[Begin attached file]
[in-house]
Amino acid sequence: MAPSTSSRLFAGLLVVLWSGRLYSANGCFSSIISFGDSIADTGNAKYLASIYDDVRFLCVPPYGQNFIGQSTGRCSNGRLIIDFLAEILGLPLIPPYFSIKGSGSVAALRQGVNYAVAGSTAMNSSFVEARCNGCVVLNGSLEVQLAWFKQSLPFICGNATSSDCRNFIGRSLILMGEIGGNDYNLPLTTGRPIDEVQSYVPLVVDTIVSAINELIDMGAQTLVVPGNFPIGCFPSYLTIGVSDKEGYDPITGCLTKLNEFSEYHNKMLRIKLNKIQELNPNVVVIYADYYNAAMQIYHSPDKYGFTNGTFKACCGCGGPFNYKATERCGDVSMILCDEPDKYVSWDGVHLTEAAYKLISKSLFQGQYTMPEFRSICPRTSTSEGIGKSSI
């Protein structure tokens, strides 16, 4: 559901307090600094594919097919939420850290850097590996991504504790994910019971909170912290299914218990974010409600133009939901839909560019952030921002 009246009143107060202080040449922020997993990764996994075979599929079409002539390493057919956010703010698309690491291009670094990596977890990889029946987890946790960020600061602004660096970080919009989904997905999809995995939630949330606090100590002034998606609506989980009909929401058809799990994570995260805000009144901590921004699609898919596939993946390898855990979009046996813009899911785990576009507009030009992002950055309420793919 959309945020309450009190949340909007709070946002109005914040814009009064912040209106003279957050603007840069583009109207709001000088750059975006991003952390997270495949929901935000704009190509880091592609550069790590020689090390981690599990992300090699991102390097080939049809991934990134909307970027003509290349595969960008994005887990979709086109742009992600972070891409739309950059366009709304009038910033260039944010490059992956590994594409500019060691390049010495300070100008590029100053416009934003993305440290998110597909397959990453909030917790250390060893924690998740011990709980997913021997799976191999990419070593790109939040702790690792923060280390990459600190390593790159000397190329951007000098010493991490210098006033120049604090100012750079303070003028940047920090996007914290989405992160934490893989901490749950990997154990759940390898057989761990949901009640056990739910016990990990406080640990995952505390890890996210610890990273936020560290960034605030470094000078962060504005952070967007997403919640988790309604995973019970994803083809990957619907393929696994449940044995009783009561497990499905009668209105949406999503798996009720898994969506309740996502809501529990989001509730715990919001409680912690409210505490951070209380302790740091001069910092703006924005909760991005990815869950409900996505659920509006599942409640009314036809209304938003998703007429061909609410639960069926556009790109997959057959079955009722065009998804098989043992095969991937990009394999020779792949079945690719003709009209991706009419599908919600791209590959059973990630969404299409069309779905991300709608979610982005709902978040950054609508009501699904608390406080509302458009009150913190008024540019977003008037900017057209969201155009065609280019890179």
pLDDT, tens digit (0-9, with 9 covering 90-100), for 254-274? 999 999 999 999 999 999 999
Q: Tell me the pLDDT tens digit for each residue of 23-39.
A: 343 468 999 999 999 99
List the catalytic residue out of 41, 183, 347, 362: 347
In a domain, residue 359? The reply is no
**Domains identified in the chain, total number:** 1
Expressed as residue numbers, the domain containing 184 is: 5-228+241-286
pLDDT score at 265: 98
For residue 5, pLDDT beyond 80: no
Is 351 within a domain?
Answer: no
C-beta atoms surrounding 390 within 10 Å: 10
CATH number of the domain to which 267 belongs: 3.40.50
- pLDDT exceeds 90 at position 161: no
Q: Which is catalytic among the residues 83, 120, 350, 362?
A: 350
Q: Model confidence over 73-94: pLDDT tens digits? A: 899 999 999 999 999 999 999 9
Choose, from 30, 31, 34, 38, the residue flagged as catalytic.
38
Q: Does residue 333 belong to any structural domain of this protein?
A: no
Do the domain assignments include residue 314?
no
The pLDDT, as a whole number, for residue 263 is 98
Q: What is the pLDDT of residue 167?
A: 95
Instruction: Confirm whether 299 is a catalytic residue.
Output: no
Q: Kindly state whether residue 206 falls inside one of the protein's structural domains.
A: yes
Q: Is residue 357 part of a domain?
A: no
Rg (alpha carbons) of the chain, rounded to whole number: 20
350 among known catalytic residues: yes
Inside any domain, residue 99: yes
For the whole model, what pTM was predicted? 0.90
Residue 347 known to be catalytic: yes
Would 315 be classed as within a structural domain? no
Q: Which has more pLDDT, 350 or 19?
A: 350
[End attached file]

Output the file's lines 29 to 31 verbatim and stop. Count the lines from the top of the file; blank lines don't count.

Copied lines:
A: 95
Instruction: Confirm whether 299 is a catalytic residue.
Output: no